According to King, ledges of useable stone are scattered throughout the 10,000-acre Domain. "We actually had three quarry sites where we pulled the stone for McClurg Hall, but there are hundreds around," he said. The stone was extracted from the ledges using air drills, followed by the traditional feather-and-wedge method of quarrying.

Once the blocks were pulled, they were processed on a wire saw that had been sitting on the campus for decades. "The old wire saw fired right back up," King said, adding that it was updated with diamond wire to improve its performance. "We also set up a saw at the quarry, where we sawed blocks. We designed that saw with old elevator rails that were taken from the library on campus."

"The masonry was used to show off its irregularities," explained Founding Partner Malcolm Holzman, FAIA of Hardy Holzman Pfeiffer Associates, the architect for the project. "One of the nice properties of this sandstone is that there are no pieces that are the same."

Securing the stone

According to Holzman, the design of McClurg Hall aspires to the Gothic in three basic ways: through its use of stone, its emphasis on the vertical, and by the inclusion of natural light in an unusual way. The sandstone was used to compose the majority of the building, and it was utilized in the form of rough-hewn blocks with tooled edges.

"The masonry was used to show off its irregularities," said Holzman. "One of the nice properties of this sandstone is that there are no pieces that are the same. You can't be embarrassed by that. You need to think that it's a virtue. The basic building units were as big as possible, while still allowing one or two masons to handle each block. There is a scale and magnitude that comes with blocks this size that provides the sense of gravity and permanence that I think you associate with stone."

The standard block was 16 inches high by a minimum of 7 inches thick, according to Robert Almodovar, AIA, HHPA Senior Associate. "The minimum bed depth was about 7 inches, but the projection was 7, 8 or 9, and in some cases, 12 inches. It was high relief," he said. "Then there were some stones that were cut into specific shapes, but the vast majority of stones - maybe 75 to 80% - were split-face, and the other 20 to 25% were cut."

In addition to serving as exterior cladding for McClurg Hall, the Tennessee sandstone was used inside of the facility. "The stone is brought into the building so that in the dining areas, individuals actually have the experience of eating next to this material," Holzman said. "It provides the sense that even when you're in the building, you understand what the building is made of. It's not like the 1920s Collegiate Gothic buildings, where the skin of the building is stone, and the inside is plaster."

While utilizing sawn stone from the campus was an attractive option, it was not a simple task. The project required a total of 2,250 tons of material, which was a daunting figure considering the small amount of University staffers on the project. "One concern everyone on campus had was whether quarrying the entire quantity of the stone from the Domain was possible," Almodovar said. "As it turned out, they worked with other quarries in Tennessee."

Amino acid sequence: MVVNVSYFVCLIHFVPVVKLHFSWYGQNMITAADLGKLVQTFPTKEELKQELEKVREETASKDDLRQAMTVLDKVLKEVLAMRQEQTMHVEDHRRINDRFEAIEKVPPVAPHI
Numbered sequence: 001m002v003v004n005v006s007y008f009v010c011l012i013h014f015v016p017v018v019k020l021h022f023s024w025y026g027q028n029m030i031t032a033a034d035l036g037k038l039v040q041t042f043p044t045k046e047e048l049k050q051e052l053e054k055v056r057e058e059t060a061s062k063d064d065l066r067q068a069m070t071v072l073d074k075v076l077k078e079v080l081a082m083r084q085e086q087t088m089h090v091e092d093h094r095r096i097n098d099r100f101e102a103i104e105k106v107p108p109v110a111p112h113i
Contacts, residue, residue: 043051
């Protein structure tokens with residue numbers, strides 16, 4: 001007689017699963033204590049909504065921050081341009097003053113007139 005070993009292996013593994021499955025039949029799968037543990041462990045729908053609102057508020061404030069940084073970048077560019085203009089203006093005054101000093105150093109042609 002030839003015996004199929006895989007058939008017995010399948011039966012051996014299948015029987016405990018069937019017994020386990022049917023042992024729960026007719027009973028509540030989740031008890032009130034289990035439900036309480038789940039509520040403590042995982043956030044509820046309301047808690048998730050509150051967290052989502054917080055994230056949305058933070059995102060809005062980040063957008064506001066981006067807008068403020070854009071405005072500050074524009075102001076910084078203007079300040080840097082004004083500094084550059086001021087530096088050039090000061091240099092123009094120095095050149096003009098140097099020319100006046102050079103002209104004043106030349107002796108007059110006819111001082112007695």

Approximately 40% of the stone was quarried on campus, with the remaining 60% coming from the Crossville area of Tennessee, according to King. Because of the differences between the Sewanee stone and the stone that was brought in from outside sources, the placement of finished blocks had to be carefully monitored. "In some cases, it may be more pink. In other cases, it may be more tan. In other cases, there might be greater veining through it," Almodovar said. "Because there was a range, we wanted to make sure that when the stone was installed in the building, the full range would be apparent. We didn't want to place all the brown stones in one area and all the pink stones in another area. We were very careful about the installation process when the masons began. They took care to not isolate one type of stone in one area." The material not only differs based on the quarry site, but it also ranged within a single quarry. "It varied if you went down 3 feet, or if you went down 5 feet," explained Almodovar.

The sandstone was utilized in the form of rough-hewn blocks with tooled edges.

Fabrication work

When it was time to fabricate the stone, the various parties involved with the project had to carefully coordinate efforts. "We had a standard shop drawing process, except the University had to hire outside professionals to do the shop drawings. We would review the drawings and approve them, then the cutting drawings were submitted to the site, and they would then cut the stone as per the drawings," Almodovar said. "Each stone was identified, and a number of storage areas were established where palletized material was placed. It was as close to an old method of processing stone in which I have ever taken part. Typically, for our projects we worked with outfits that specialize in architecturally cut stone, and there is a lot of machinery used. On this project, you could go out to the fabricating shop and see these guys, chisel in hand, facing the stone and shaping the stone. I was amazed by the way they were handling the material."